Friday, January 22, 2010

The More Things Change.

The new Spoon album has been out for several days now, & so probably I needn’t point out how good it is. I’m just going to have to assume you’ve heard it by now. Can we first agree on the following? That the songs are peppy, are poppy; that the sound is as meticulously & lovingly crafted as on any of Spoon’s numerous past albums. Would you also agree with me that, despite its consonance with prior work, Transference has a sound & feel all its own, & that “new” & “surprising” are among its apt descriptors?

So, the new Spoon record is the same & it’s different, I guess that’s my thesis.

Maybe the key is Britt’s voice, which has always carried a certain rawness even as, on balance, the music was pretty slick & pretty smooth. When I think of Spoon, I think quintessentially of the Girls Can Tell album (great title, btw), where there’s a constant sort of tension between the sheen of the production versus the grit in Britt’s voice.

“Grit,” now is a more prominent flavor on the new album than on previous ones. Rough, Raw, & Brash are other adjectives that came to mind on my first listen. (Oh, also: Chunky.) So there’s a new, rougher edge to this music that nonetheless fits seamlessly with the rasp that has always characterized the singing.

OK, but it’s still a Spoon record & so: meticulous attention to detail continues to define all sounds & all combinations of sounds. Nothing is permitted to be haphazard, even as a lot of reference is made here to a slapdash approach. Notice all those parts that seem, randomly, to just peter out or cut off abruptly, even at the expense of completing a chord change, or a lyric. Notice the deliberately graceless segues, into silence or into the next sound, the next song. It’s an interesting strategy, this feigned clumsiness in a work that was so clearly labored over, so plainly perfected. Overall, the impression is of a work that’s bursting with novel ideas, and tripping over itself (interrupting itself) in the service of just getting them all OUT goddammit.

It’s an exciting listen, it’s very fun. &, not incidentally, the whole thing just sounds delicious. One nugget among many that has my attention is how, in “The Mystery Zone,” the slow-decay echo on the guitar chords counterpoints the spunky bass line, whose sound is sharp, immaculate, & satisfyingly fat. The juxtaposition between those two instruments (& between their respective sound-textures) is incongruous, hence compelling to the ear.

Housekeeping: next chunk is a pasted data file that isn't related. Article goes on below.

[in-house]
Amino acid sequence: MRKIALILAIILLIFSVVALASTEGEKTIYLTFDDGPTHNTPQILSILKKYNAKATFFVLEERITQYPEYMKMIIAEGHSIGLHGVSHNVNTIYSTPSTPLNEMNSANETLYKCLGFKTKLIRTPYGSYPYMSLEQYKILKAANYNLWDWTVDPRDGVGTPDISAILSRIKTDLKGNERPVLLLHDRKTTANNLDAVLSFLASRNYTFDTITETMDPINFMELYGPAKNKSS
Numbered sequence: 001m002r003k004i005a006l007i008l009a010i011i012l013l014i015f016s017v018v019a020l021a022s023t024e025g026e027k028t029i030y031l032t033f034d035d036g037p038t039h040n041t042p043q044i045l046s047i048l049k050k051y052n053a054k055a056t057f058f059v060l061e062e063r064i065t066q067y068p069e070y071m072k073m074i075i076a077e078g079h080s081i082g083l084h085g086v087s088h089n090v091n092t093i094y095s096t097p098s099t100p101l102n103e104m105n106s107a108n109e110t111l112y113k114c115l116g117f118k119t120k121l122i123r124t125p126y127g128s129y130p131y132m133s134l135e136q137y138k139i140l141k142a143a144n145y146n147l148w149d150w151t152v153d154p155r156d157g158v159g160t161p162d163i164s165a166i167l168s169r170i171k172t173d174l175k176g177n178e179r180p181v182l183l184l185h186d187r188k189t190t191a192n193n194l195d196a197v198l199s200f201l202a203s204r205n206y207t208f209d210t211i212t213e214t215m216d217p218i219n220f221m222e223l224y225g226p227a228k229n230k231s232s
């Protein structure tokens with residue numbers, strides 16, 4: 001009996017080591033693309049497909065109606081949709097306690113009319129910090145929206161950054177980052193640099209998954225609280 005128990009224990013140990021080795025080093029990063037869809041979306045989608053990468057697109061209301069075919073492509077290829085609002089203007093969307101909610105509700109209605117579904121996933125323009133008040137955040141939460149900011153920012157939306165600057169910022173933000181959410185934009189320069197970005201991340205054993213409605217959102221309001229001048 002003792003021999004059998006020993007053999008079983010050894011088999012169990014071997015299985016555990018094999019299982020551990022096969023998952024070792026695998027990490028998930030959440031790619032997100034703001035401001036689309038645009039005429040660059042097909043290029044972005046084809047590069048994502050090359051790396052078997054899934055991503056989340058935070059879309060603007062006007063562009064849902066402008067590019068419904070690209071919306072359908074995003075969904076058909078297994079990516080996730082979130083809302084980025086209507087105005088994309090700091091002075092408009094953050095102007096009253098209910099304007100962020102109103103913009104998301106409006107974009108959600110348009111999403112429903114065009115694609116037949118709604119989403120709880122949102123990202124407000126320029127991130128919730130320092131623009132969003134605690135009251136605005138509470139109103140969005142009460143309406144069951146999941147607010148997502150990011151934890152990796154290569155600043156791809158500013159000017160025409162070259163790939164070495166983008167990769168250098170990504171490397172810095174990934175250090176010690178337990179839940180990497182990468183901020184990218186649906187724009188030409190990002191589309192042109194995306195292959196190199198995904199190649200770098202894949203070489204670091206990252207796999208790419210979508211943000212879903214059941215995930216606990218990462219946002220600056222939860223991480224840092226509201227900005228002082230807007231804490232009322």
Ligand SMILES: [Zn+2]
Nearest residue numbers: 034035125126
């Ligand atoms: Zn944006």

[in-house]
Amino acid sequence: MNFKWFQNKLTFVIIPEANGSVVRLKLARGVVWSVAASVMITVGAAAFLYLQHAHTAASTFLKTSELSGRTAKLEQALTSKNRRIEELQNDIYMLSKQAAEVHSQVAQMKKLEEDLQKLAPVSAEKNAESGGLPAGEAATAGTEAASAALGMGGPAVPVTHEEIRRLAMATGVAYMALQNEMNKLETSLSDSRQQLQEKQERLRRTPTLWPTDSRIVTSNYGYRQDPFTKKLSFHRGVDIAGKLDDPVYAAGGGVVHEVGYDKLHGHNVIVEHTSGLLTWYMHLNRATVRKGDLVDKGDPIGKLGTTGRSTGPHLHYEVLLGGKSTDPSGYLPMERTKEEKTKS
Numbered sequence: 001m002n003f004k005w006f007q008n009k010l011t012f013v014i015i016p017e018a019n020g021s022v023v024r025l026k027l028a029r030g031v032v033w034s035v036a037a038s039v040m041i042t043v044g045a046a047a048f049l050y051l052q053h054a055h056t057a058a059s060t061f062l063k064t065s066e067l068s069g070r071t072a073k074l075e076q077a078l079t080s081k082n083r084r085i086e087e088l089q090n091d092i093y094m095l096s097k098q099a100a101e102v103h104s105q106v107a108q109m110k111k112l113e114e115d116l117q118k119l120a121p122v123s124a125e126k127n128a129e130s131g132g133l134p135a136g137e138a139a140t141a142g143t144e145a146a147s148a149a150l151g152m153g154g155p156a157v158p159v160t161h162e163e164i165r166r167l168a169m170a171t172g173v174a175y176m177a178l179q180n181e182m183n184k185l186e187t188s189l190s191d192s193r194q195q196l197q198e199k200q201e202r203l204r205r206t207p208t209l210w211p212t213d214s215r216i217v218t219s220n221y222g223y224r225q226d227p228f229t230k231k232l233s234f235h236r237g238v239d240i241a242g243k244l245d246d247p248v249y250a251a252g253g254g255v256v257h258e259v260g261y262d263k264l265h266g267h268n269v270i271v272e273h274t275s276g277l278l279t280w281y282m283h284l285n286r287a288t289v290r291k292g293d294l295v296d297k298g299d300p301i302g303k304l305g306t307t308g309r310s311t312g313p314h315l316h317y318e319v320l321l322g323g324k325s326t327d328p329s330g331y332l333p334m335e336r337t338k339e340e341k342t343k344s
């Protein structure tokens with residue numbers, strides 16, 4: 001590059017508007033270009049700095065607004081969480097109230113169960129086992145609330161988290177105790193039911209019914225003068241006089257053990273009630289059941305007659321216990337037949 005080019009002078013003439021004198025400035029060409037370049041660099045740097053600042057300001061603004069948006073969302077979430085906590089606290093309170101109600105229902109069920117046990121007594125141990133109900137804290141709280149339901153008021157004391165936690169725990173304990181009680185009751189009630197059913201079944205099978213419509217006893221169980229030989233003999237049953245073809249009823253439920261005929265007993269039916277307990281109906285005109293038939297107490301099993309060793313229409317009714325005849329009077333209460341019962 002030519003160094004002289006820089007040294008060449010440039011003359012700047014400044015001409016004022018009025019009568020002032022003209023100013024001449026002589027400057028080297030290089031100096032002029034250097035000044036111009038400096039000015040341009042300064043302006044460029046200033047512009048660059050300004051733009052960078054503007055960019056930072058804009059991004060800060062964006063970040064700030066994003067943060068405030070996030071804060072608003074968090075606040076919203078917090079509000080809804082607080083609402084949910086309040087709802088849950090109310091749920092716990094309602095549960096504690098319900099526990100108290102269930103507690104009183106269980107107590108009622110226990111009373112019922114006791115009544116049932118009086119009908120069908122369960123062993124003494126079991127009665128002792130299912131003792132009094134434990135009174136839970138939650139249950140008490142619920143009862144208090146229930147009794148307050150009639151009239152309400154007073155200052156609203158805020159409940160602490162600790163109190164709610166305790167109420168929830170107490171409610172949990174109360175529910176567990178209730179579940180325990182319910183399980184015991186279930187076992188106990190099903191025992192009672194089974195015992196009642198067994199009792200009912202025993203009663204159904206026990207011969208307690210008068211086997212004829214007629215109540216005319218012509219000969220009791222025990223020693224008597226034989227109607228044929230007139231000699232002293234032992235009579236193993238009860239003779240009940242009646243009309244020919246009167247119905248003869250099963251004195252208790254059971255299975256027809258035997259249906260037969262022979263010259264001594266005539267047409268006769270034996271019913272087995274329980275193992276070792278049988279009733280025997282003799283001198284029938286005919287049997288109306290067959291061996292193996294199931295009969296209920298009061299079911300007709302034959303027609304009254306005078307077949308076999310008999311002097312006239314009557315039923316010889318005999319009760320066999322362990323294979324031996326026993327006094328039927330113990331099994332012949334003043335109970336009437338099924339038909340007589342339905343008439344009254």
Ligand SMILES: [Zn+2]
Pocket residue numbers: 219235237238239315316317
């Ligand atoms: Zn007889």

Spoon-Mystery Zone mp3

Now, I realize that most people would regard this as a tangential point, but when I talk about how recorded music is now generally explicit in emphasizing its own artifice, this is exactly the kind of thing I’m talking about. Obviously, there are no samples, loops, & cetera on this album, this here is not a disco thing or a techno thing or hiphop or whatever. It’s not an Experimental recording in any kind of overt way. This is (“just”) the new album by Spoon, which as we know is (“just”) a four-piece, straight-up rock band. (With, now, a fantastic bass player, it bears mentioning.)

& yet, repeatedly & emphatically all over this collection, the point is made that these are studio recordings, constructed piecemeal from disparate components. Some bits are apparent leftovers from the original demos, & are then combined with the slicked-up “professional” parts. So, a particular rhythm guitar part might sound like it was, e.g., recorded on an answering machine in the bathroom –all tinny & flat & faraway. & then that’s juxtaposed with, e.g., a close-miked drum part whose sound is processed rich & full & all state-of-the-arty. I’ve described elsewhere how musical & dramatic impact can derive from the combination of sounds that could not have existed together in the real, physical world. Transference is just a great illustration of this; frequently & expertly on this album, sounds that plainly don’t belong together are combined & provoked into making music with each other.

1 comment:

  1. great post! I love it when you talk about production quality, not enough bloggers do.